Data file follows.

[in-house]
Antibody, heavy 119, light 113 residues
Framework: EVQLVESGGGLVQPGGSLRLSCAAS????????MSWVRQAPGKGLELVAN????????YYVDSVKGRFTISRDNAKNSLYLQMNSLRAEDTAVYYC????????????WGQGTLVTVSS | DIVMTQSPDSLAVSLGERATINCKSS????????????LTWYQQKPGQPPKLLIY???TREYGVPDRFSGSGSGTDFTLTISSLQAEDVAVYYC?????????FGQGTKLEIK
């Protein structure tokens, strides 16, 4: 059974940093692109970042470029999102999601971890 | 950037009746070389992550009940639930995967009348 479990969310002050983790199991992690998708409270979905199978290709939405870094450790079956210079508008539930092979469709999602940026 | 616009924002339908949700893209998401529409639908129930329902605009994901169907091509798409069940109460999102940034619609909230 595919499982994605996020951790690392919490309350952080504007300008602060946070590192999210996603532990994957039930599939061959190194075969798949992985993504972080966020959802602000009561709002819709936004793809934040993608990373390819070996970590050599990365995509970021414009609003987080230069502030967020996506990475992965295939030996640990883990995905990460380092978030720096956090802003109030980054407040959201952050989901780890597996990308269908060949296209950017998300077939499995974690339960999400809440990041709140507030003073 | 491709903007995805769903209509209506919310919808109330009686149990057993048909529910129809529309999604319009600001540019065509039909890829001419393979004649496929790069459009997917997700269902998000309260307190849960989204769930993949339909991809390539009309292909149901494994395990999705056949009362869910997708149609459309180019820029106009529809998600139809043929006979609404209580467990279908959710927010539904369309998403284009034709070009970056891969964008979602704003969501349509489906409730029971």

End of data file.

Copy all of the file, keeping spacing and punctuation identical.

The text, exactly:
[in-house]
Antibody, heavy 119, light 113 residues
Framework: EVQLVESGGGLVQPGGSLRLSCAAS????????MSWVRQAPGKGLELVAN????????YYVDSVKGRFTISRDNAKNSLYLQMNSLRAEDTAVYYC????????????WGQGTLVTVSS | DIVMTQSPDSLAVSLGERATINCKSS????????????LTWYQQKPGQPPKLLIY???TREYGVPDRFSGSGSGTDFTLTISSLQAEDVAVYYC?????????FGQGTKLEIK
């Protein structure tokens, strides 16, 4: 059974940093692109970042470029999102999601971890 | 950037009746070389992550009940639930995967009348 479990969310002050983790199991992690998708409270979905199978290709939405870094450790079956210079508008539930092979469709999602940026 | 616009924002339908949700893209998401529409639908129930329902605009994901169907091509798409069940109460999102940034619609909230 595919499982994605996020951790690392919490309350952080504007300008602060946070590192999210996603532990994957039930599939061959190194075969798949992985993504972080966020959802602000009561709002819709936004793809934040993608990373390819070996970590050599990365995509970021414009609003987080230069502030967020996506990475992965295939030996640990883990995905990460380092978030720096956090802003109030980054407040959201952050989901780890597996990308269908060949296209950017998300077939499995974690339960999400809440990041709140507030003073 | 491709903007995805769903209509209506919310919808109330009686149990057993048909529910129809529309999604319009600001540019065509039909890829001419393979004649496929790069459009997917997700269902998000309260307190849960989204769930993949339909991809390539009309292909149901494994395990999705056949009362869910997708149609459309180019820029106009529809998600139809043929006979609404209580467990279908959710927010539904369309998403284009034709070009970056891969964008979602704003969501349509489906409730029971």